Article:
But before he could finish the thought, a premonition came. He felt a sinking in his heart. The news would come while I'm out here, he thought. Out in this godforsaken patch where nothing is well and all luck is bad. It was time, wasn't it? Overtime.
"Andy," he said.
"Yes!" Andy said, smiling. "Andy, your friend! Back from a goodish wander and at your service. Would you like your horoscope, sai Tian? It is Full Earth. The moon is red, what is called the Huntress Moon in Mid-World that was. A friend will call! Business affairs prosper! You will have two ideas, one good and one bad -- "
"The bad one was coming out here to turn this field," Tian said. "Never mind my goddam horoscope, Andy. Why are you here?"
Andy's smile probably could not become troubled -- he was a robot, after all, the last one in Calla Bryn Sturgis or for miles and wheels around -- but to Tian it seemed to grow troubled, just the same. The robot looked like a young child's stick-figure of an adult, impossibly tall and impossibly thin. His legs and arms were silvery. His head was a stainless-steel barrel with electric eyes. His body, no more than a cylinder, was gold. Stamped in the middle -- what would have been a man's chest -- was this legend:
NORTH CENTRAL POSITRONICS, LTD.
in association with
Design: MESSENGER (Many Other Functions)
Serial # DNF-44821-V63
Why or how this silly thing had survived when all the rest of the robots were gone -- gone for generations -- Tian neither knew nor cared. You were apt to see him anywhere in the Calla (he would not venture beyond its borders) striding on his impossibly thin silver legs, looking everywhere, occasionally clicking to himself as he stored (or perhaps purged -- who knew?) information. He sang songs, passed on gossip and rumor from one end of town to the other -- a tireless walker was Andy the Messenger Robot -- and seemed to enjoy the giving of horoscopes above all things, although there was general agreement in the village that they meant little.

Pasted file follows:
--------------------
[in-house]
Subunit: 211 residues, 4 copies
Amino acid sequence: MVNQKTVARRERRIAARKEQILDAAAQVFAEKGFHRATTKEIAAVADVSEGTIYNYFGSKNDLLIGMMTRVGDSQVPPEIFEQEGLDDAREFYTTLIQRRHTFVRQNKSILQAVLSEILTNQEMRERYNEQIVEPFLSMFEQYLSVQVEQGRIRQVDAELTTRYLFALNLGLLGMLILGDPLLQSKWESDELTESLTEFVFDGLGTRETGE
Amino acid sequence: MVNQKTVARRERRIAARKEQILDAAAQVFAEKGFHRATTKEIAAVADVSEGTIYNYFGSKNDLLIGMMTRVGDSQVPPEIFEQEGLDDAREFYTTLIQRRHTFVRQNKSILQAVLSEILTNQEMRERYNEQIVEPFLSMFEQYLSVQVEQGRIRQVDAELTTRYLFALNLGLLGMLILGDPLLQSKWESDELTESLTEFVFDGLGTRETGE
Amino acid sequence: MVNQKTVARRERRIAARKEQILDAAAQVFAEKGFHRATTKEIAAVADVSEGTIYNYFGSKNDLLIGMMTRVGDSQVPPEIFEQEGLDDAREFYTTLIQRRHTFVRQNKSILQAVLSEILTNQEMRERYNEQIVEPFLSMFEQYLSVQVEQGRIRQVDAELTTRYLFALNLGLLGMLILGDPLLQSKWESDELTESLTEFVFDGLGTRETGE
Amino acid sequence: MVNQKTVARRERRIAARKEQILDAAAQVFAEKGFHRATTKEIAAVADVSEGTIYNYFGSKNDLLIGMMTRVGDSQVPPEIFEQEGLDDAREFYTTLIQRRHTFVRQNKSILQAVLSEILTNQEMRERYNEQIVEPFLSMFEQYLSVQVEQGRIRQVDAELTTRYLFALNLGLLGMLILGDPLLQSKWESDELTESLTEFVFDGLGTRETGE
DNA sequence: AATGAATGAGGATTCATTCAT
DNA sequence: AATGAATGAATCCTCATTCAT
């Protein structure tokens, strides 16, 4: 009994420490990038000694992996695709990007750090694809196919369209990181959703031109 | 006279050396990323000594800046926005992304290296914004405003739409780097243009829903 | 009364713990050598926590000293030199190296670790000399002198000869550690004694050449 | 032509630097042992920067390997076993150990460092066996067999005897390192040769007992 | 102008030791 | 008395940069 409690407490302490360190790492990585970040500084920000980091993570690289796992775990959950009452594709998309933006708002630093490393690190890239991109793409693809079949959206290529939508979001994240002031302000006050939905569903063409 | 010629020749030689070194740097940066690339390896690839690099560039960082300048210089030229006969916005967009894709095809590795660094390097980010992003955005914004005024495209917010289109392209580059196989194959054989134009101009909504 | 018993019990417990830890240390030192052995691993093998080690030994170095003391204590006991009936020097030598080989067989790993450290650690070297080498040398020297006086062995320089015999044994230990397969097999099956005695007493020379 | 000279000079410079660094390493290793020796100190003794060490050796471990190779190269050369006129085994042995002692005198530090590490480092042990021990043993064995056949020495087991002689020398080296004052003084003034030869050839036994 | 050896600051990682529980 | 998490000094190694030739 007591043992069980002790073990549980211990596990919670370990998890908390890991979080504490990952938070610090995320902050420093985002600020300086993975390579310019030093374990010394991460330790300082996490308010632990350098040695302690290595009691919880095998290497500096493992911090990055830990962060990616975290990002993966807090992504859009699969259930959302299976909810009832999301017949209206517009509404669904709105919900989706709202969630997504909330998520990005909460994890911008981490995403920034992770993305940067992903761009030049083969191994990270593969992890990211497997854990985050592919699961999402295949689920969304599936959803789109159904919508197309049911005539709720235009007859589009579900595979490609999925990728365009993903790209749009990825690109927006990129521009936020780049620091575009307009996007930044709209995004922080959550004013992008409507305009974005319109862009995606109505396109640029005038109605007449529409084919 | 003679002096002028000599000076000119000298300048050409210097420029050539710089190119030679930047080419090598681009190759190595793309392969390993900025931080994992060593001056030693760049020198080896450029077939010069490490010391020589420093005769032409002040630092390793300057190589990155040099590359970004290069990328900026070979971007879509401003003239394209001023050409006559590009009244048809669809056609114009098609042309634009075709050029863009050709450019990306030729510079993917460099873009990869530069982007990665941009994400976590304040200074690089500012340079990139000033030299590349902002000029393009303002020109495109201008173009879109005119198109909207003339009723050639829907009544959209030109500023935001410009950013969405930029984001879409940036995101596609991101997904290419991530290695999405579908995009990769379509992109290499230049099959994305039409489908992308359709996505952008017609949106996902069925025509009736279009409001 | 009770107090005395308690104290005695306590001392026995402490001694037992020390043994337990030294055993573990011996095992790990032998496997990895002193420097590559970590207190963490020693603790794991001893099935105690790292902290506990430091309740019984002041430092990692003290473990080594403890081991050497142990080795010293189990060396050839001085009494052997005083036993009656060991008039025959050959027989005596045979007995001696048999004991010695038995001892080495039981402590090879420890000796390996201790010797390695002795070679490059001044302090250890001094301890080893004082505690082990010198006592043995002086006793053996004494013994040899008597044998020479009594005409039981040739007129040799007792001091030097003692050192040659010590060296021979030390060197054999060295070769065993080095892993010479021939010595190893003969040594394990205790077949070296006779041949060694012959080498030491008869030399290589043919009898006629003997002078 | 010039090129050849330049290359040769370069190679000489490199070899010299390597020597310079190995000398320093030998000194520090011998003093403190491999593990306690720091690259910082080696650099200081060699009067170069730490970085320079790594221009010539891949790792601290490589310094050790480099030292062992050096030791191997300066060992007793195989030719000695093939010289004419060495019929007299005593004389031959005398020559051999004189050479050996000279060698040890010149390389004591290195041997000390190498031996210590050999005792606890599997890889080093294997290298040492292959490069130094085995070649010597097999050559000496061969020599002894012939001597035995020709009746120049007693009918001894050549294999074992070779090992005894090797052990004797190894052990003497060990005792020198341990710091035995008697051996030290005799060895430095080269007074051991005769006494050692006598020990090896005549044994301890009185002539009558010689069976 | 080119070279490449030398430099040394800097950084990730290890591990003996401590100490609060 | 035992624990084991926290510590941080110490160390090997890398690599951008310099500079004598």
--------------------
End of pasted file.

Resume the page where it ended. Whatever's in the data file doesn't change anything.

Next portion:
He had one other function, however, and that meant much.
"Why are ye here, ye bag of bolts and beams? Answer me! Is it the Wolves? Are they coming from Thunderclap?"
Tian stood there looking up into Andy's stupid smiling metal face, the sweat growing cold on his skin, praying with all his might that the foolish thing would say no, then offer to tell his horoscope again, or perhaps to sing "The Green Corn A-Dayo," all twenty or thirty verses.
But all Andy said, still smiling, was: "Yes, sai."
"Christ and the Man Jesus," Tian said (he'd gotten an idea from the Old Fella that those were two names for the same thing, but had never bothered pursuing the question). "How long?"
"One moon of days before they arrive," Andy replied, still smiling.
"From full to full?"
"Close enough, sai."
Thirty days, then, give or take one. Thirty days to the Wolves. And there was no sense hoping Andy was wrong. No one kenned how the robot could know they were coming out of Thunderclap so far in advance of their arrival, but he did know. And he was never wrong.
"Fuck you for your bad news!" Tian cried, and was furious at the waver he heard in his own voice. "What use are you?"
"I'm sorry that the news is bad," Andy said. His guts clicked audibly, his eyes flashed a brighter blue, and he took a step backward. "Would you not like me to tell your horoscope? This is the end of Full Earth, a time particularly propitious for finishing old business and meeting new people -- "
"And fuck your false prophecy, too!" Tian bent, picked up a clod of earth, and threw it at the robot. A pebble buried in the clod clanged off Andy's metal hide. Tia gasped, then began to cry. Andy backed off another step, his shadow trailing out long in Son of a Bitch field. But his hateful, stupid smile remained.
Copyright © 2003 by Stephen King.
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